HELP!!! Tried to make pumpkin puree from sugar pumpkins
I baked several small sugar pie pumpkins to make pumpkin pie from scratch. I just pureed it and it taste almost like nothing. Doesn't taste like the can of Libby's Pumpkin Pie mix. Is this normal and I am suppose to add all the spices myself? is it suppose to be sweet at all? Want to make sure I am doing this right, or else I will have to go out and buy Libby's before Turkey Day. Thanks
Individual pumpkins vary quite a bit in sweetness, so I usually buy some extra and process them separately, so I can leave aside the ones that are "duds". In addition, I've found that supermarket pumpkins (and acorn squash, etc.) in recent years seem to have become overall rather flavorless--perhaps from being grown too quickly without many nutrients or something? I try to stick with pumpkins from small local farms, but even then it can be a bit of a gamble.
Are you comparing it to a pie mix that can be put straight into the shell, or a puree that needs spices and sweetening? Sometimes I use a canned puree in my pumpkin bread, but I still season that. Puree from butternut or kabocha squashes is similar to the plain canned puree. I don't know about sugar pumpkins.
Doesn't Emeril say something like 'where I come from, xxx doesn't come preseasoned'?
I hate to tell you, but your best bet would be to throw your puree into the compost pile and start over--with Butternut squash.
It is a very common misconception that "sugar" or "pie" pumpkins sold in grocery stores and farmers markets alike are actually appropriate for making pies.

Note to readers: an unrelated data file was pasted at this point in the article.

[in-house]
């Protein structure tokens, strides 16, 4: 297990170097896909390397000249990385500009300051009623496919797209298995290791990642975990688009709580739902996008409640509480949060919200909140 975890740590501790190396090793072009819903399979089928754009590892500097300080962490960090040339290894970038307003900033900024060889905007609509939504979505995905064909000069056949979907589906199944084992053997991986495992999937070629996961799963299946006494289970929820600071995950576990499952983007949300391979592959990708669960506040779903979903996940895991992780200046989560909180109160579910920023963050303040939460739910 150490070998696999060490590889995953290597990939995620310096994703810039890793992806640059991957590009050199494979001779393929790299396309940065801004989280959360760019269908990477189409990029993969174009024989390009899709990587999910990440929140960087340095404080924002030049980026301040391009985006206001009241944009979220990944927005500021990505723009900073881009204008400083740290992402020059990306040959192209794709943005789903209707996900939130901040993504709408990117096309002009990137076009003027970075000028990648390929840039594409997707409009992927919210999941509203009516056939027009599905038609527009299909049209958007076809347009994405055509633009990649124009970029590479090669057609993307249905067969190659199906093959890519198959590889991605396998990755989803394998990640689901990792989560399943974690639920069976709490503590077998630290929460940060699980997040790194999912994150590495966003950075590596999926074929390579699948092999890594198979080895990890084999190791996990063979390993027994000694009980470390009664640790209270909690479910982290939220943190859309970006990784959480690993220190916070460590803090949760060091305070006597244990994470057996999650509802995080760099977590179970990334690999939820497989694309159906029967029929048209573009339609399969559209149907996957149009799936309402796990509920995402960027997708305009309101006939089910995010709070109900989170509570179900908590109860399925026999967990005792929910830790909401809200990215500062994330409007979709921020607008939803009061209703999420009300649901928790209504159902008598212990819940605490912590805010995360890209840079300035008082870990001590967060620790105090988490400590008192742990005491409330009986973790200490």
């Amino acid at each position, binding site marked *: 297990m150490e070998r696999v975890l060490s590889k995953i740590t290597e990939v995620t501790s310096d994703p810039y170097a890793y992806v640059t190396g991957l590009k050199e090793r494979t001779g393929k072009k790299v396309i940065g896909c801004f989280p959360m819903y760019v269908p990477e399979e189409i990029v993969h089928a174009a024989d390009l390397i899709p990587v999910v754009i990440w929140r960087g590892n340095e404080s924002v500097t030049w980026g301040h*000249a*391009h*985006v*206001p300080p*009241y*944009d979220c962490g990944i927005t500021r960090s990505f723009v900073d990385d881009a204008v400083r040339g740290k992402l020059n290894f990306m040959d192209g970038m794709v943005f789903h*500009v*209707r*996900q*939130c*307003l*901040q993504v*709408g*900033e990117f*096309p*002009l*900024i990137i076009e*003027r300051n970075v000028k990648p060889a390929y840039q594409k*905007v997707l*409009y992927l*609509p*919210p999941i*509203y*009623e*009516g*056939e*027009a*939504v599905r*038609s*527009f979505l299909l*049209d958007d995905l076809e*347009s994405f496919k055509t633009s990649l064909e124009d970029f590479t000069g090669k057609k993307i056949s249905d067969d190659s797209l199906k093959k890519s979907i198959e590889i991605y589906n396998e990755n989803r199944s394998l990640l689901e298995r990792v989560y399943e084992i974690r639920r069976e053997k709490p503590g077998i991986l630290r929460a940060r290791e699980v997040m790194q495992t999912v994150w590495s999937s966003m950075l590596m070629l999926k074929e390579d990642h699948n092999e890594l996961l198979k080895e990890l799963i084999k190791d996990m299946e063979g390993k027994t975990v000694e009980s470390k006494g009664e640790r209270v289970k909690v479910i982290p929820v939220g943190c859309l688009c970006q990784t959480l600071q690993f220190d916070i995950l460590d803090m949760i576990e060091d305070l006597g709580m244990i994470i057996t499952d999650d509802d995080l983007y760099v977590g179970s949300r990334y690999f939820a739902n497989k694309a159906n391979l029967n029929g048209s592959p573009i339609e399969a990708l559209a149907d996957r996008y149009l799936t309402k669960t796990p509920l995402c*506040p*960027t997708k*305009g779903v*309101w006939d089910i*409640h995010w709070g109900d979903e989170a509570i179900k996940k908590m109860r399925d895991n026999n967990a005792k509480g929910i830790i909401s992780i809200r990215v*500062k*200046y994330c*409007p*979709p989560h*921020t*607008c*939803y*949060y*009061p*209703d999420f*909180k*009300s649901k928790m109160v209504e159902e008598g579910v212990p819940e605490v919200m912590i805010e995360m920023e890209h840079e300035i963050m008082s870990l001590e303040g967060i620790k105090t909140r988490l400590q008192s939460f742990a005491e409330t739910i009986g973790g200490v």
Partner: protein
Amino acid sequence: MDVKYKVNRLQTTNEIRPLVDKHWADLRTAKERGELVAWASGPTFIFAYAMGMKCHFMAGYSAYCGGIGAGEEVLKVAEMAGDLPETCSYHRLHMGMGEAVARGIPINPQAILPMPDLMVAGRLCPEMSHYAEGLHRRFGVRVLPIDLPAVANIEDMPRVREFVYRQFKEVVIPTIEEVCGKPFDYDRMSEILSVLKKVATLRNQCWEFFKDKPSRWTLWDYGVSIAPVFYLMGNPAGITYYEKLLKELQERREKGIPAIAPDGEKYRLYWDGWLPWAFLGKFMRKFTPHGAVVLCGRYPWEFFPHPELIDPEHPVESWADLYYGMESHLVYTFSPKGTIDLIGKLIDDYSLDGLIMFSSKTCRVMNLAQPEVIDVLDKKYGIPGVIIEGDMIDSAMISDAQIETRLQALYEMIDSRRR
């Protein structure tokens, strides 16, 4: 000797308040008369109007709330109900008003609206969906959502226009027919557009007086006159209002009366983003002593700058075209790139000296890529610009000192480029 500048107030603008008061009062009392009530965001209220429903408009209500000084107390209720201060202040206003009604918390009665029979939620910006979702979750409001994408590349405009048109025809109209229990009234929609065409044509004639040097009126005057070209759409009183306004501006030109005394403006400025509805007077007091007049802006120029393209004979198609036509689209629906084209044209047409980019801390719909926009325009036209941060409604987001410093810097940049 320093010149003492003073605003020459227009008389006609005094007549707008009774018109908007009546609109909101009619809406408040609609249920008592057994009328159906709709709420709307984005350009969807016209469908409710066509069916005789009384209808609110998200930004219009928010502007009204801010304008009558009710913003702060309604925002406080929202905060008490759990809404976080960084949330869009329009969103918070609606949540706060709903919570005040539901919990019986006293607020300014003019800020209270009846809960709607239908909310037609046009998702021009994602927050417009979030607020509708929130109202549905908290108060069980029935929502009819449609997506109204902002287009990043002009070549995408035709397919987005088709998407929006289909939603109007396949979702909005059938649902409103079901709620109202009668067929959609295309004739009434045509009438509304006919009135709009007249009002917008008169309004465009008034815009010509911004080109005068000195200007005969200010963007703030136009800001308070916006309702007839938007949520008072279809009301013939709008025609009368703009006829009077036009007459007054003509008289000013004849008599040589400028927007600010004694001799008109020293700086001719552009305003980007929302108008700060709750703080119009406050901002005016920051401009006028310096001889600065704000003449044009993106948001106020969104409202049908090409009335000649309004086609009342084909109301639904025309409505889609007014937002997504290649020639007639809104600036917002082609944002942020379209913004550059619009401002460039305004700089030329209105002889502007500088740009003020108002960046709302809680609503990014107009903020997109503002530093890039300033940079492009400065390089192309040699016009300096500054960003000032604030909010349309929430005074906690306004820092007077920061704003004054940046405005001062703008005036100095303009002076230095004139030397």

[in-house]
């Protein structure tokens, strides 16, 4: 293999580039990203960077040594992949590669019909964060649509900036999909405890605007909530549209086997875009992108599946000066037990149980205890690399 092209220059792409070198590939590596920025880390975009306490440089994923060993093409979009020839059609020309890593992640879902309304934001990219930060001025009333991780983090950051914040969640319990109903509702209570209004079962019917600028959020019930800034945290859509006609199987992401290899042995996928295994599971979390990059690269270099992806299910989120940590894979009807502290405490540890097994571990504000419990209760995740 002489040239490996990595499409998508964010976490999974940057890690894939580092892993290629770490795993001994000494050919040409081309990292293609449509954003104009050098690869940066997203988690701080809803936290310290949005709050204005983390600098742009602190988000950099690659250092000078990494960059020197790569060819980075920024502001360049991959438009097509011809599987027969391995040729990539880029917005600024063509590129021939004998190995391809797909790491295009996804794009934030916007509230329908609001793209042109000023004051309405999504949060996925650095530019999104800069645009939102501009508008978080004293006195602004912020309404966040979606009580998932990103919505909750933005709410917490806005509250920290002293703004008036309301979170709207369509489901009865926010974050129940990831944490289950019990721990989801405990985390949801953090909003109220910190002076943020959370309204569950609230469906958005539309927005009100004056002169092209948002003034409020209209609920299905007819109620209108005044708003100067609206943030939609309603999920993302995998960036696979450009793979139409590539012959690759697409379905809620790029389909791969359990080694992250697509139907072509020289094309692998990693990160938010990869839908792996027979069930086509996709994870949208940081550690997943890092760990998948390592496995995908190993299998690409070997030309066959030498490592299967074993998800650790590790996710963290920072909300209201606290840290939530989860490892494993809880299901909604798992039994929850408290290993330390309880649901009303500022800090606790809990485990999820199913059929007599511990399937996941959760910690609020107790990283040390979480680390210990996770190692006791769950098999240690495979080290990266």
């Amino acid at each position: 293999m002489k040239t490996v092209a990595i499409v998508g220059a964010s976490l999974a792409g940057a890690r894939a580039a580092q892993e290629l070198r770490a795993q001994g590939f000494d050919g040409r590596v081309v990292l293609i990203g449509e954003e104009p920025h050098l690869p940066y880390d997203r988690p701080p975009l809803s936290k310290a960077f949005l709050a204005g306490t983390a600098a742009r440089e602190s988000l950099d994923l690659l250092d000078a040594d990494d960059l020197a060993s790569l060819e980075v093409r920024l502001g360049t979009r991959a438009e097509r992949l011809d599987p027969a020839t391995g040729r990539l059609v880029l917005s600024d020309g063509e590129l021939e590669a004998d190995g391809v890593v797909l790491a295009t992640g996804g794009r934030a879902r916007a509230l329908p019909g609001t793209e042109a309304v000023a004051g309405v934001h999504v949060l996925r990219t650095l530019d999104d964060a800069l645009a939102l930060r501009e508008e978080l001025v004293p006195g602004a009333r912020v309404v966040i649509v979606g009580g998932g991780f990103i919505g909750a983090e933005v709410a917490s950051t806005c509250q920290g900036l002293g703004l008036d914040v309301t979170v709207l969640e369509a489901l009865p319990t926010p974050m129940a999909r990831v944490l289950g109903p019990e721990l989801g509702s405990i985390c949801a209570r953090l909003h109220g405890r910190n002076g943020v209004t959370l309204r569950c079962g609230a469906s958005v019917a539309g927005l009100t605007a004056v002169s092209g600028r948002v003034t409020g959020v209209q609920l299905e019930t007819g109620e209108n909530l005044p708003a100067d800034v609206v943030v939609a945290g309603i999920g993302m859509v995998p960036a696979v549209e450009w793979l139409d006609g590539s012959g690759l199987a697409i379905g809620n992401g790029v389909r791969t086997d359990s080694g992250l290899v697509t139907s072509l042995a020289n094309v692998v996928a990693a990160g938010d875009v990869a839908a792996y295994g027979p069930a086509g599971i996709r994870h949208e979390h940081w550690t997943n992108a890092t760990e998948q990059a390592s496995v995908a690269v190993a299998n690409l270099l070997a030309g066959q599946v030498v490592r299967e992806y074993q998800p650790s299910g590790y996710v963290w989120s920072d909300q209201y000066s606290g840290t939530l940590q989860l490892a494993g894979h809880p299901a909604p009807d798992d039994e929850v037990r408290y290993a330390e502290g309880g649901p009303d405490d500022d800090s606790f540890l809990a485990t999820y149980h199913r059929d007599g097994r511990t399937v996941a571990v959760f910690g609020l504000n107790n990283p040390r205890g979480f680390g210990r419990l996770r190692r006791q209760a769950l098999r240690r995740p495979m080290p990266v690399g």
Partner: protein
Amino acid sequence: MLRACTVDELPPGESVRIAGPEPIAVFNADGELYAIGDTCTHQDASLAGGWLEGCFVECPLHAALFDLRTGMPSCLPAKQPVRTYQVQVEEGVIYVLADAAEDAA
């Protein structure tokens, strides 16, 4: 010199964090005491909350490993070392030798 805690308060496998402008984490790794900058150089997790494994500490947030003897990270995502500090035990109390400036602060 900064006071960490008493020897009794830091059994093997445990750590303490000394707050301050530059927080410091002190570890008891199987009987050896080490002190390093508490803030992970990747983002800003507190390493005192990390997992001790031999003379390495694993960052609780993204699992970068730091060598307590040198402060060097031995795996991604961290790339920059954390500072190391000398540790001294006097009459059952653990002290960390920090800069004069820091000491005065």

The round, orange "pie" and "halloween" type pumpkins are varieties in the species "Cucurbita pepo," which (surprisingly) contains both pumpkins and a variety of summer squashes---most of which are marked by a high water content and muted flavors
Libby's and many gardeners, however, choose to grow varieties within the species "Cucurbita moschata", (commercially the cultivar 'Dickinson') which most people would recognize as a "butternut-type" squash. They are flavorful and make delicious pies. You may find them in farmers markets by a variety of names including "butternut" "amish neck-pumpkin" "long Island cheese pumpkin" or "Cindarella pumpkin"
However, I have had some mixed success using such pumpkins in savory dishes, specifically traditional Moroccan "couscous with seven vegetables." You might consider making a savory dish with this puree--use it, for example, as a base for potato-squash soup with lots of cream.
Pumpkin Pie Mix is not the same as a can of pumpkin. If you use a can of pumpkin pie mix, it comes pre-sweetened and spiced. If you google search something like "Libby's" pumpkin pie recipe, you can figure out what to add to make it taste like what you are thinking of.
Also, slow roasting the pumpkin in the oven helps bring out the flavor.